Devotees take different routes in their journey towards spiritual fulfilment. While some adopt the path of Karma (action), others take the path of Jnana (knowledge). Whatever path one decides to choose, his success in reaching his destination lies only in his ability to free himself from the clutches of ego. Since ego is the root and the primal form of ignorance, its annihilation alone paves the way for Jnana. Since ego is at the root of all our actions, its annihilation alone paves the way for Karma Marga.
What ego is all about? Ego is nothing but a mere thought. The mind keeps generating thoughts. The first thought that comes to mind is the ‘I’ thought. This ‘I-thought’ is ego. The Self is the natural state of a person. It is just being what he is. The very awareness of one’s existence is Self‐knowledge. While Self is the reality which gives the consciousness of one’s existence, the ‘I-thought’ or the false notion of ‘I’ which arises from mind parades itself as ‘I’. When the ‘I’ is experienced as “I am” or ‘I’ alone, it is Self knowledge, but when the ‘I’ is associated with ‘this’ and ‘that’, one becomes other than what he really is. Quite often we mistake this ‘I-thought’ as our real identity. Quite often we confuse the happiness derived by our ego as our own happiness. Our aim is to reach the source of ego so that it does not rise.
An individual went to a saint and asked how to cope up with the problems mounting day by day. The saint replied: “There are no problems as such. Actually, you are the problem. Though you are the divine supreme, the limitless Self, when you identify yourself with your mind, you become the problem. When you, the sublime and infinite Self listens to your mind, you become limited. When you, the Truth-Consciousness and Bliss forget your essential nature and come under the domain of your mind, you develop attachments and aversions. Nochur Acharya said: “You are divine and vast and not bound by any barrier. Conscious of your Self, you are transcended to infinite regions, but when you let the mind take over you, you suddenly become a localized personality.” If we probe into the nature of ego or Ahamkara, we would find that ‘Kara” is a suffix that refers to the false notion of ‘I am the doer’. If this notion is removed, what remains is the pure “Aham” (the Self).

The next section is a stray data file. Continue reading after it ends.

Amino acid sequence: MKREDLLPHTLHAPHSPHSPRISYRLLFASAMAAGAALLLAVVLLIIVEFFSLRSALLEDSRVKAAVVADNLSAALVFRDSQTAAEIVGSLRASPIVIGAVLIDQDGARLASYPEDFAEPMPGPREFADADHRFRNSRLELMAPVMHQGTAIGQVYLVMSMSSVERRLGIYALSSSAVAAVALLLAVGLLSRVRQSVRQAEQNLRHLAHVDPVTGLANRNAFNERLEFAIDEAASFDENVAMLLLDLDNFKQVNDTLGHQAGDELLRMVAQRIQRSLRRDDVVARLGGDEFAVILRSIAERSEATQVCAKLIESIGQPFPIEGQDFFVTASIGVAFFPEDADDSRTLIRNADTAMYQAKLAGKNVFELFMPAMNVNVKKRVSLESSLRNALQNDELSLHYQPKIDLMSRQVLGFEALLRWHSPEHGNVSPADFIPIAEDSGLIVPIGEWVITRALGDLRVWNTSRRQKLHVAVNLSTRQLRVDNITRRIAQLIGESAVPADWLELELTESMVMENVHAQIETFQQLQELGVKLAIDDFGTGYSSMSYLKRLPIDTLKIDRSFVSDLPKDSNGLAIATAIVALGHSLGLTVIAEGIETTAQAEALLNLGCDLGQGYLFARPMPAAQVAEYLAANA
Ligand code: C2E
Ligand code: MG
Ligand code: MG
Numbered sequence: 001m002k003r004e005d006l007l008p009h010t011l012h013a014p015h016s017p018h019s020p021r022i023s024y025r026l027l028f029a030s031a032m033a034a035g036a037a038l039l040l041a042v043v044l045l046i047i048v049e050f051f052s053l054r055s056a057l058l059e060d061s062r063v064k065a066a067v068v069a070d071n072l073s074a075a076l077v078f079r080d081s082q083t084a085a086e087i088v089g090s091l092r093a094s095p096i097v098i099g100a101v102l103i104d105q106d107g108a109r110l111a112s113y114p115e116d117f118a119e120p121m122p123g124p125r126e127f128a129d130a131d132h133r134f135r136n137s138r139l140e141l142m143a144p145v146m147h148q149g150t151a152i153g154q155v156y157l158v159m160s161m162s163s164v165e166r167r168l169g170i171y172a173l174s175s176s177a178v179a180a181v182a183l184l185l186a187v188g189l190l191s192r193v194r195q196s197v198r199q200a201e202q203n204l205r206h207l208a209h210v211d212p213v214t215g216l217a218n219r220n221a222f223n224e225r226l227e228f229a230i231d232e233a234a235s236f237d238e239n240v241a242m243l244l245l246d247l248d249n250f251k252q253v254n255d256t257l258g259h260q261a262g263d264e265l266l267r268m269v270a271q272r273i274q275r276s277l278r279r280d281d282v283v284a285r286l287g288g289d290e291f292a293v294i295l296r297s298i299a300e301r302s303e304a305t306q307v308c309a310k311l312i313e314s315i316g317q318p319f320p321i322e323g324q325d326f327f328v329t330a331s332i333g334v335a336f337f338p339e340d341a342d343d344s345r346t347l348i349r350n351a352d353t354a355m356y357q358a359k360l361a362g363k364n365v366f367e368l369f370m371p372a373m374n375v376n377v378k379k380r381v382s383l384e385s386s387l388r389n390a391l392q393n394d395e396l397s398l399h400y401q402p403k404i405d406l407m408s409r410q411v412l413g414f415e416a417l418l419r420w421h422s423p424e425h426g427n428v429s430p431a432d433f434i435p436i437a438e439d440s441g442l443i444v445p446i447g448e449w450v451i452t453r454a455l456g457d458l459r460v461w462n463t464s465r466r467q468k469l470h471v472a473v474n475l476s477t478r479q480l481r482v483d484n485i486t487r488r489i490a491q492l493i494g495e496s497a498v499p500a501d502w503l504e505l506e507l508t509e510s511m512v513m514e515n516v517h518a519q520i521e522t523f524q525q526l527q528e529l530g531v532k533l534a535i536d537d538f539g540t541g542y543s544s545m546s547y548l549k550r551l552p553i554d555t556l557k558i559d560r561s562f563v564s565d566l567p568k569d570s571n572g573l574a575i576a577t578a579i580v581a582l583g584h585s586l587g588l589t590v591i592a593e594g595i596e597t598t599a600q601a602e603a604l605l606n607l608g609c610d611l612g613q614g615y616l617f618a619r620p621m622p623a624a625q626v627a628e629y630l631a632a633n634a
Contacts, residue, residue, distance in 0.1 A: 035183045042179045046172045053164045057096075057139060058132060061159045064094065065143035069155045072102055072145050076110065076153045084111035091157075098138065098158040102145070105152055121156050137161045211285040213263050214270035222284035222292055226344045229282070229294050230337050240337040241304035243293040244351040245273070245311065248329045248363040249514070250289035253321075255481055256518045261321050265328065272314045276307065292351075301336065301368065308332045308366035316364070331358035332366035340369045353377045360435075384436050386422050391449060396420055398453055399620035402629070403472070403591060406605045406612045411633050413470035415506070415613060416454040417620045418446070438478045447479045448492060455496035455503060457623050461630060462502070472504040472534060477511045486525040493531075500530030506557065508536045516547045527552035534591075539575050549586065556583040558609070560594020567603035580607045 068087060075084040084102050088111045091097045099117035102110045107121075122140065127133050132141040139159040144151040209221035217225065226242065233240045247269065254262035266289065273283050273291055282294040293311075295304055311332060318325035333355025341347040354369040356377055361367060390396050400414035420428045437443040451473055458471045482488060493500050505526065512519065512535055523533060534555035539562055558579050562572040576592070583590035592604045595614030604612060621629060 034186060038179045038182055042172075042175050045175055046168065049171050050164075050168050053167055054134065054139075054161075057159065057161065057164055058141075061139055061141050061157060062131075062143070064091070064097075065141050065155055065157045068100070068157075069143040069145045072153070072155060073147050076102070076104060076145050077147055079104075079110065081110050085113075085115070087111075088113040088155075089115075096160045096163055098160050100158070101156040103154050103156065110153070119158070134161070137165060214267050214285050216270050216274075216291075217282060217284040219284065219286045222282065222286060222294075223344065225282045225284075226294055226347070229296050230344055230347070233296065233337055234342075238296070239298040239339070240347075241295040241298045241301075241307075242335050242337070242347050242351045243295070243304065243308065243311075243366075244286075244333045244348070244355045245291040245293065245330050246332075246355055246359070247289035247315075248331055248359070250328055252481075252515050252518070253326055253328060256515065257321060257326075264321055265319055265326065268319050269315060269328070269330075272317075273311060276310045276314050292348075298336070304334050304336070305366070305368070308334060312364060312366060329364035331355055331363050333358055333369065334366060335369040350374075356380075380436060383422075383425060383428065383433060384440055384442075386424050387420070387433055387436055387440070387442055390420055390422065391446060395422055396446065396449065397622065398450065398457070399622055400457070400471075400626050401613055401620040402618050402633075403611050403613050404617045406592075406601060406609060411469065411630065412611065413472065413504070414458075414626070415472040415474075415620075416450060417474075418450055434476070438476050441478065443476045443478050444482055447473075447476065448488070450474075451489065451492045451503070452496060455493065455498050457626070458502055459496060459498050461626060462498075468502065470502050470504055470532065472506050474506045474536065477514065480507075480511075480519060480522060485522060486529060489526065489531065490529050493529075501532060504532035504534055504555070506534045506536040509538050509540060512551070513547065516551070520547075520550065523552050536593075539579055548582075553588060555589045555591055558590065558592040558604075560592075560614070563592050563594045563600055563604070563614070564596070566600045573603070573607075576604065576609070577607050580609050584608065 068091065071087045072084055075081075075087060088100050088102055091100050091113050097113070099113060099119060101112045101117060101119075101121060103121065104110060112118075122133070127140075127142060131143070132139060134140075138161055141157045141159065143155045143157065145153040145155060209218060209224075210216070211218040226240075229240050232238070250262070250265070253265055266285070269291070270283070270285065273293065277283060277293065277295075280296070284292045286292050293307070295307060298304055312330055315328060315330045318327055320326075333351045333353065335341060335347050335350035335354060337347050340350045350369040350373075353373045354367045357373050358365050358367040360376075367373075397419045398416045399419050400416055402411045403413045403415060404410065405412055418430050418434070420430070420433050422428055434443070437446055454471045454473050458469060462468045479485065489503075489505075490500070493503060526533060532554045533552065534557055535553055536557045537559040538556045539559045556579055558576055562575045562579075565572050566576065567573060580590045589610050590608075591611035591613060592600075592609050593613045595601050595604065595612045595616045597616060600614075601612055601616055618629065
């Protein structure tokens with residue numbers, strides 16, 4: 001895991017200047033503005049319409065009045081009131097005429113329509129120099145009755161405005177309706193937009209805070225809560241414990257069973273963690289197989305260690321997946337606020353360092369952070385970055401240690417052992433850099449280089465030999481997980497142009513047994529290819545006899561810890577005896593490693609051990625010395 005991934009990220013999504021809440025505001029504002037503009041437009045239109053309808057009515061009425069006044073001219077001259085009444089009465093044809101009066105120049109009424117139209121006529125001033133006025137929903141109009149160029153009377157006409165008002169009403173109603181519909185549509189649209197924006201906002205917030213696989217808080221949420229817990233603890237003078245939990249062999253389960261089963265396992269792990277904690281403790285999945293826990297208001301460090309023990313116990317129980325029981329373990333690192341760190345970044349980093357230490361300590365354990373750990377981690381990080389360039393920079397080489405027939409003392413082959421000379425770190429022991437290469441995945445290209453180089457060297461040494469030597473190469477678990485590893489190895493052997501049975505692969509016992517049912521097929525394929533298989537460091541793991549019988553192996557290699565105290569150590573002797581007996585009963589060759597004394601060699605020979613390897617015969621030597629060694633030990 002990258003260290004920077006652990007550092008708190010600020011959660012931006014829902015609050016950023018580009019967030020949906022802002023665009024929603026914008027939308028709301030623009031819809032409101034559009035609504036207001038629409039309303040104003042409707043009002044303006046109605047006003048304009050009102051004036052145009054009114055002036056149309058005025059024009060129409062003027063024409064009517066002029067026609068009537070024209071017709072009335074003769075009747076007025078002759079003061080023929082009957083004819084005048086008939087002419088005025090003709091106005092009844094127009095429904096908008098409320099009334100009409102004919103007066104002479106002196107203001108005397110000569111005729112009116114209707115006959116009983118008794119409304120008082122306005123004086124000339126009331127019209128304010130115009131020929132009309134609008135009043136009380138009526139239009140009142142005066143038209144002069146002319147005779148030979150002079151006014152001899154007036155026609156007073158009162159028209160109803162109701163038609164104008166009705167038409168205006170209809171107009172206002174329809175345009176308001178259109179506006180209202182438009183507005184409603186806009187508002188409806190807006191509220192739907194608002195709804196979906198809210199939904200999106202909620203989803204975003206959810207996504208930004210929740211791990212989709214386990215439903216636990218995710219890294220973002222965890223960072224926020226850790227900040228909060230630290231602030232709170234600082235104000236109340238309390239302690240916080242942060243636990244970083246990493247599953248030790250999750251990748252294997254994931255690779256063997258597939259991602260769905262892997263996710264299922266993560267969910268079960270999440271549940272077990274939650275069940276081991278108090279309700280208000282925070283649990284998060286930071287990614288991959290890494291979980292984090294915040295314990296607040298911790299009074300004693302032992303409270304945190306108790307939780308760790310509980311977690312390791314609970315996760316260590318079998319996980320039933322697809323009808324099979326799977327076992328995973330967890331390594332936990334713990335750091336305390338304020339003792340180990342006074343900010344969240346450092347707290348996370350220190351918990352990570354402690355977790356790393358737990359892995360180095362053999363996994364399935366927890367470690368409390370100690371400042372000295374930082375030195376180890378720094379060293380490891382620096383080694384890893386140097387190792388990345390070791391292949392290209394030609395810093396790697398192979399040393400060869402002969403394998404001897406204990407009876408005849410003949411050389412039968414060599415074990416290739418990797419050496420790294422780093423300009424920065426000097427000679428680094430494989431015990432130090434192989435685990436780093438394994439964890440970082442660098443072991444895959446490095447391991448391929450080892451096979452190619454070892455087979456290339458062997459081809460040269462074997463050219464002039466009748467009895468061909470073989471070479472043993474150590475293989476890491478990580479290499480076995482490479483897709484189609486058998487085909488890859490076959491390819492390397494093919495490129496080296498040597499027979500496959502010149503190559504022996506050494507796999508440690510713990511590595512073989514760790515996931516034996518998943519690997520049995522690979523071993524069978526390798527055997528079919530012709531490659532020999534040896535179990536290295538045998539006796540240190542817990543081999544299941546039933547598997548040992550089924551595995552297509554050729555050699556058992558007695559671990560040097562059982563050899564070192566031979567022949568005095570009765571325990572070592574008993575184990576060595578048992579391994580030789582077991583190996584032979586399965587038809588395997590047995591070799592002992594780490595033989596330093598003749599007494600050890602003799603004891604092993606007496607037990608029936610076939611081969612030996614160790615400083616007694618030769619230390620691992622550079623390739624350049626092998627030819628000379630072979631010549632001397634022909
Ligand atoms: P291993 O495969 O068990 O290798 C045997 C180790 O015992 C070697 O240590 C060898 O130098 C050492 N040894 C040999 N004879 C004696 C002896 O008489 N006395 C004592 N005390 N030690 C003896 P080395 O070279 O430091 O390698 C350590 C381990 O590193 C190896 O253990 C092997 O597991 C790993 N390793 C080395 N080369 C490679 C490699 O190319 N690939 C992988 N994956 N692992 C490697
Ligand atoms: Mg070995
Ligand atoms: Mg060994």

Though ego is a very strong element in the human system, it remains dormant and hidden deep inside without giving any clue to others of its presence. It comes out only when provoked, just like a snake lying in a deep pit suddenly raises its hood when disturbed by a stick. The individual is normally decent and divine, but the moment an adverse comment or criticism is made, he becomes a different personality. Karthik, the husband had just reached home after the hectic work in the office. He took a seat in the hall and started reading the newspaper which he had left unfinished in the morning. His wife then came and started making some critical remarks about the neighbours, but Karthik was least concerned and gave no response. When she found that he was as inert as the chair in which he was sitting, she said: “You are also like that”. She had transferred to her husband all the criticisms she was making about her neighbour. That remark provoked him to respond because it was direct hit on his ego. If we think deeply, we would observe that when something is spoken unrelated to the person, he remains normal but when some critical words directly affecting him are spoken, he becomes abnormal.